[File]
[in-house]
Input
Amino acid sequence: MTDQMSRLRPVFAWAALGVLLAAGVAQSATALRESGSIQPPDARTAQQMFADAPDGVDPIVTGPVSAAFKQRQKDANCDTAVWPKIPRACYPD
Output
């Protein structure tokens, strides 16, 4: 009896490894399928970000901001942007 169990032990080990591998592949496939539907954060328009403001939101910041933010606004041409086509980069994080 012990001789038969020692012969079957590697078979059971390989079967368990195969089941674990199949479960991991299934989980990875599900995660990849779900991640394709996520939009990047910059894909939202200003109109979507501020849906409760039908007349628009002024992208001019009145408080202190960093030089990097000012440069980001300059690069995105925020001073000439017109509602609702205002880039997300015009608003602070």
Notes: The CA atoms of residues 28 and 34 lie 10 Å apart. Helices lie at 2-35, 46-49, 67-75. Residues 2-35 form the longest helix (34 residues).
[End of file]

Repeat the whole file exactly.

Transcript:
[in-house]
Input
Amino acid sequence: MTDQMSRLRPVFAWAALGVLLAAGVAQSATALRESGSIQPPDARTAQQMFADAPDGVDPIVTGPVSAAFKQRQKDANCDTAVWPKIPRACYPD
Output
């Protein structure tokens, strides 16, 4: 009896490894399928970000901001942007 169990032990080990591998592949496939539907954060328009403001939101910041933010606004041409086509980069994080 012990001789038969020692012969079957590697078979059971390989079967368990195969089941674990199949479960991991299934989980990875599900995660990849779900991640394709996520939009990047910059894909939202200003109109979507501020849906409760039908007349628009002024992208001019009145408080202190960093030089990097000012440069980001300059690069995105925020001073000439017109509602609702205002880039997300015009608003602070």
Notes: The CA atoms of residues 28 and 34 lie 10 Å apart. Helices lie at 2-35, 46-49, 67-75. Residues 2-35 form the longest helix (34 residues).